While you were out stocking up on libations and recreational drugs for your New Year's Eve party, I was in traffic court.
On my way home from work several
weeks ago, one of the sharp-eyed, shiny-booted officers who cruise the
three mile stretch of road from the main highway to the Harley store in my town,
noticed that my Jeep's license plate sticker was past its freshness date. I
knew I was in trouble when the front end of his cruiser had its nose so
far up my rear that it made my throat tickle. And those weren't
Christmas lights blinking on the roof of his vehicle.
That's twice I thought I had until December, only to find out that I was supposed to matriculate in September.
"Yep, you got me," was the extent of my resistance. Then he parlayed
that one little traffic citation into a two-fer when I couldn't find my
insurance card in the glove compartment. Even better, I called my
insurance company while he wrote me up only to discover that I was a
month past due. When the shit hits the fan, it gets all over the walls.
Plus he also had possession of my driver's license. Somewhere I had a
Triple A card so I wouldn't have to relinquish it for the next five
Somewhere. But just where, exactly, I didn't know. I still haven't
found it. The officer did say that for the low low price of $200 I
could get my driver's license back, if I brought the cash to the police
station before midnight. He actually seemed surprised to see me when I
showed up after dinner to retrieve it. Duh. I need it to prove I am who I am.
I also pointed out that it's hard to get through airport security using
a traffic ticket as my i.d. Flashing my passport just confuses people. "What's this for?"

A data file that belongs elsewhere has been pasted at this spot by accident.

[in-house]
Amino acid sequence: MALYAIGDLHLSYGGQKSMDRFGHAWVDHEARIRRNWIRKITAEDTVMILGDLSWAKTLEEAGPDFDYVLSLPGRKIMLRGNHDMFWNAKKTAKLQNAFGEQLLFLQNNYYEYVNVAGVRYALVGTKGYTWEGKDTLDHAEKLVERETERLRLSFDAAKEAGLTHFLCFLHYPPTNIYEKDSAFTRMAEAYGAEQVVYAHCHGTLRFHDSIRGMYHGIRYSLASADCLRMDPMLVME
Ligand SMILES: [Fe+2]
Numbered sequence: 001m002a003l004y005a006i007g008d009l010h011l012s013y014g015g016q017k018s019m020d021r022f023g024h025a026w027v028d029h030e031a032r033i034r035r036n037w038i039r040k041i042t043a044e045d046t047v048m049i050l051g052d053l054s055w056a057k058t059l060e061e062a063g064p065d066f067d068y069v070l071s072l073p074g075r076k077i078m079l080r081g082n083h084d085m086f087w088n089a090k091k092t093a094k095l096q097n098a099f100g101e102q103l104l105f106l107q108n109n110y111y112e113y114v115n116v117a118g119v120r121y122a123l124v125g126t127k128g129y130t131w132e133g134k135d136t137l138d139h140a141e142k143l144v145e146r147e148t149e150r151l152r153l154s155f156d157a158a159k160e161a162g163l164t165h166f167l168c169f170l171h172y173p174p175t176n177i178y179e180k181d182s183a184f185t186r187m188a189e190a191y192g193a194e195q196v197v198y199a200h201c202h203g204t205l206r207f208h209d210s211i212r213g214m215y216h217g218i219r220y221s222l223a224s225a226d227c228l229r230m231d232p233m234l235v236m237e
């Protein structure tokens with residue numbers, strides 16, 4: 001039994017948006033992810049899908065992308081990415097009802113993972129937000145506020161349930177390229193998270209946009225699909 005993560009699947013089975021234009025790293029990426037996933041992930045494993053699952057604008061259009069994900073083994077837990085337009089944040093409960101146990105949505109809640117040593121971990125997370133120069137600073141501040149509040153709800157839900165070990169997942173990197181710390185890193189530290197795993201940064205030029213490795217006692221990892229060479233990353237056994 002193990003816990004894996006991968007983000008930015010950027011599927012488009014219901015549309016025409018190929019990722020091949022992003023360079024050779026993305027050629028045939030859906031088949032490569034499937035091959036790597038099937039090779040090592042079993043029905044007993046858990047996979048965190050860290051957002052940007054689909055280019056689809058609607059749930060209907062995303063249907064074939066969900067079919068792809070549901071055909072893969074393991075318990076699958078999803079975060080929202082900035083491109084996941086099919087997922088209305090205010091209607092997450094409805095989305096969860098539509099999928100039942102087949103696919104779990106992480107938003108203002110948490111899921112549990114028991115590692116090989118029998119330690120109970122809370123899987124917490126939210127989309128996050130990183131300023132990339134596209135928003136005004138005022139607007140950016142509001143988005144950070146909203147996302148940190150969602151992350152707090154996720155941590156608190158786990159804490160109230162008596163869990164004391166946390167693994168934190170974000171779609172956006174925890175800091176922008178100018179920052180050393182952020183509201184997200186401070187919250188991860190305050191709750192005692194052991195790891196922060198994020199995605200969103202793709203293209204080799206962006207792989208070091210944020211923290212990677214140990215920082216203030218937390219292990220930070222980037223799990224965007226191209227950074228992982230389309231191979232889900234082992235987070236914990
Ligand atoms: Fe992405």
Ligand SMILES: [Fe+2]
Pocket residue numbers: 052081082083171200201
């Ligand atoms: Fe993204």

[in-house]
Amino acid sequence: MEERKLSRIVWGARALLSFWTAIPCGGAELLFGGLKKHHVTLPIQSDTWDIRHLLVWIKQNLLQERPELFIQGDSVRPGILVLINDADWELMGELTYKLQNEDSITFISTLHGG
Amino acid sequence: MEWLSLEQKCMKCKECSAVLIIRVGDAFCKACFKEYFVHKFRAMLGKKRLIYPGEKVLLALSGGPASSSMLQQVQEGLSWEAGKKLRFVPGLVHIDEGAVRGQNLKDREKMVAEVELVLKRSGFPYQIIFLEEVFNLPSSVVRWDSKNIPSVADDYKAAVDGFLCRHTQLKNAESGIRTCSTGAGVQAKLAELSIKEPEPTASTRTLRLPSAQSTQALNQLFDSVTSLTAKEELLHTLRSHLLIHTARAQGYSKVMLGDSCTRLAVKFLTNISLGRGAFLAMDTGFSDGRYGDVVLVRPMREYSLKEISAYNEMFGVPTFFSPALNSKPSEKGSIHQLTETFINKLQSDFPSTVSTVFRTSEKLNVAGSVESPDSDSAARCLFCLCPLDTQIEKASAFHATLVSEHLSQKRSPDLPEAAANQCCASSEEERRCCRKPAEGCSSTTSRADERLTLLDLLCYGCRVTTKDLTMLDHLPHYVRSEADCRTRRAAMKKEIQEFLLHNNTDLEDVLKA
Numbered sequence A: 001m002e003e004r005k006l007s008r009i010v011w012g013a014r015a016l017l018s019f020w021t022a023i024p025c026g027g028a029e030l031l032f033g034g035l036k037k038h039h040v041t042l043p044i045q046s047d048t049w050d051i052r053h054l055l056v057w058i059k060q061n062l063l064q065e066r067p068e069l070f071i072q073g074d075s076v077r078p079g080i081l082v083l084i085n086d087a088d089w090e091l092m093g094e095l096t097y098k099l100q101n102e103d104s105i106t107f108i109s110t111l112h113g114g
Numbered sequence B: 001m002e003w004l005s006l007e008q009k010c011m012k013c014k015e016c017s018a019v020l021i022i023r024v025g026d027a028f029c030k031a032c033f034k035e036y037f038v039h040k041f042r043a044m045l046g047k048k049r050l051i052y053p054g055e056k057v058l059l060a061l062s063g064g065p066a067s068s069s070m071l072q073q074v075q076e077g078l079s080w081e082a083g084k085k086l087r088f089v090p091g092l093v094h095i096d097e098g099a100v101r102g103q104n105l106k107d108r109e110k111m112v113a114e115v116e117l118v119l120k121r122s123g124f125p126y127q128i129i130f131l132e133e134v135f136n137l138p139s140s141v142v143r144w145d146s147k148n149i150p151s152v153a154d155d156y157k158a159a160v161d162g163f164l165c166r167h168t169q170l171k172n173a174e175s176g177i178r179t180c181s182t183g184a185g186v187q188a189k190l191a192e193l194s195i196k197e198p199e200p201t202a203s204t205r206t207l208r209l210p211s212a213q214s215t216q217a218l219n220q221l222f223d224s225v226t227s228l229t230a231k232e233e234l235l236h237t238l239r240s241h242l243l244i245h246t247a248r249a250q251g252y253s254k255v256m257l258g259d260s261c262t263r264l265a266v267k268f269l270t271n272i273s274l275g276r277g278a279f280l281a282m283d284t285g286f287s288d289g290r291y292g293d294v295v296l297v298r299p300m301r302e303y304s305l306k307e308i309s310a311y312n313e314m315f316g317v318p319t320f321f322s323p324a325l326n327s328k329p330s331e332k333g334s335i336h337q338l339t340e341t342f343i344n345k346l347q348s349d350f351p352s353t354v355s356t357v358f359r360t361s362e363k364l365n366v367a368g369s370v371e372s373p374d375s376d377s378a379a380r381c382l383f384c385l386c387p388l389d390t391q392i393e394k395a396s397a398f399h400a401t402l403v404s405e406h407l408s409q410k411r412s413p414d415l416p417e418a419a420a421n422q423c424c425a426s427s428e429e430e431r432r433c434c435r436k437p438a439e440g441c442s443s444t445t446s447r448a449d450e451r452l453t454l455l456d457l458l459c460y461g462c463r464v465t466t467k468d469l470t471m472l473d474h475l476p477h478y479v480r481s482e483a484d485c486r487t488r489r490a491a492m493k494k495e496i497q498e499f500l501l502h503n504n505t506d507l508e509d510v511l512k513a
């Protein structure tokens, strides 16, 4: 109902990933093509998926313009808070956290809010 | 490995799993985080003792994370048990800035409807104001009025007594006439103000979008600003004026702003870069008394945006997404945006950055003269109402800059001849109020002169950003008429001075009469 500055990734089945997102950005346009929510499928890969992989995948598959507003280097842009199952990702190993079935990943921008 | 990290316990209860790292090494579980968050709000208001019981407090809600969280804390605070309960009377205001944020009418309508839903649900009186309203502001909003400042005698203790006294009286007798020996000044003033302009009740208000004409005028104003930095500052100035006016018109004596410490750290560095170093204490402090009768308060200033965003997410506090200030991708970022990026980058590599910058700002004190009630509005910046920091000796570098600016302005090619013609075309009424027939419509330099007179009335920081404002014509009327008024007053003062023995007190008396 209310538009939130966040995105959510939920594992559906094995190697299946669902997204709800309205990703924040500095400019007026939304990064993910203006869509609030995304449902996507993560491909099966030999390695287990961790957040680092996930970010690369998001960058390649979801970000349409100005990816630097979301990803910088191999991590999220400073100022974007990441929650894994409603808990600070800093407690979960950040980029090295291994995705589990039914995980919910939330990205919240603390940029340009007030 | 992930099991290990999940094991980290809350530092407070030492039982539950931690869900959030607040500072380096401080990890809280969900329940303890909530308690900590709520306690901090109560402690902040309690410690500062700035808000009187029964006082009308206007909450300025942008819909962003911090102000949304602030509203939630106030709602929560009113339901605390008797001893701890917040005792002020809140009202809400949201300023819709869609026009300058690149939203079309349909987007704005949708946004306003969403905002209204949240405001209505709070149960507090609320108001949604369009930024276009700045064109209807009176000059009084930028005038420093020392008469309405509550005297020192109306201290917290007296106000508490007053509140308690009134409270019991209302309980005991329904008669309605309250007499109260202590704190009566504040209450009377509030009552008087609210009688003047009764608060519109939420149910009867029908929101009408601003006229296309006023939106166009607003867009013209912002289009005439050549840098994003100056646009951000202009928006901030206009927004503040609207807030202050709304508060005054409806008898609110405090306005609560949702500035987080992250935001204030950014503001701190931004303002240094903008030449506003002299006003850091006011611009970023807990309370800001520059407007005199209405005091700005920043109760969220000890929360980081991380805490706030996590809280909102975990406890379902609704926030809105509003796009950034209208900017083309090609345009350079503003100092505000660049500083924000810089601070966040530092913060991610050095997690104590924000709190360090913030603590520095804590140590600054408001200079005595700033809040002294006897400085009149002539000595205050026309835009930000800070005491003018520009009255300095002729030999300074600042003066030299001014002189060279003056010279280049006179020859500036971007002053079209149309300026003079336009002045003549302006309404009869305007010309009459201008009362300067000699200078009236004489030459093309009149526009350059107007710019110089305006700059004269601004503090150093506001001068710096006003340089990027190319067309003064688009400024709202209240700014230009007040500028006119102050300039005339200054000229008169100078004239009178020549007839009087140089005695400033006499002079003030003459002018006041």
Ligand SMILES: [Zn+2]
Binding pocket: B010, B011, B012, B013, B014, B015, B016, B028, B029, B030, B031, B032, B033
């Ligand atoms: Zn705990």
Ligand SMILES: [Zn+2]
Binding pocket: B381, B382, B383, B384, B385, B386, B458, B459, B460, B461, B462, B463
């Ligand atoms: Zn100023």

This morning at 9:00 AM, many weeks later, I showed up in room 101 of
one of the suburban locations that process people who forget that along
with their driver's licenses, village stickers and auto emissions
stickers, they also have to show proof of insurance and display a
current license plate sticker. I guess three out of five ain't good
enough for these nit pickers.
I might have forgotten some of my stickers, but I do have an oval black
and white OBX sticker on my back window. HAH!!! Anythng with "X" makes
it look like I have a membership in some kind of secretsociety,
I do. I'm one of a select group of people who have actuallyspent money
on that sticker, which, for all its exclusivity, provides me with
absolutely no immunity in traffic stop situations.
OBX, for the uninitiated, stands for the Outer Banks of North Carolina,
a long, very skinny strip of land that, when it isn't being hit by
hurricanes, is a rather pleasant vacation spot.
I learned two things in traffic court today. First, I would get my $200
back. But, only after they took out $50 for my fine, $30 for court
fees, and, get this, another $20 [or ten per cent of the $200] for the
effort to send me my money back. That includes the stamp to mail it.
They can't just give me change. Now I really have to find that Triple A
Secondly, I noticed that there were about fifty people in court. That's
not very earthshaking. What surprised me was that there were only four
women with tickets. Either that or the rest of them just sent in their
There was also only one female police officer, out of fourteen cops in court. At least I think she was female.
What surprised me even more was the ethnicity of the people there to
see the judge. Most of the names they called started with Vladimir,
Boris, Alexei, and Dmitri.
Apparently most of the traffic laws in
my neighborhood are broken by Russian men. I've noticed that for some
time, most of the taxi cabs in my town are also driven by Russians. In fact, the
woman who does my nails is also Russian. Coincidence? I think not.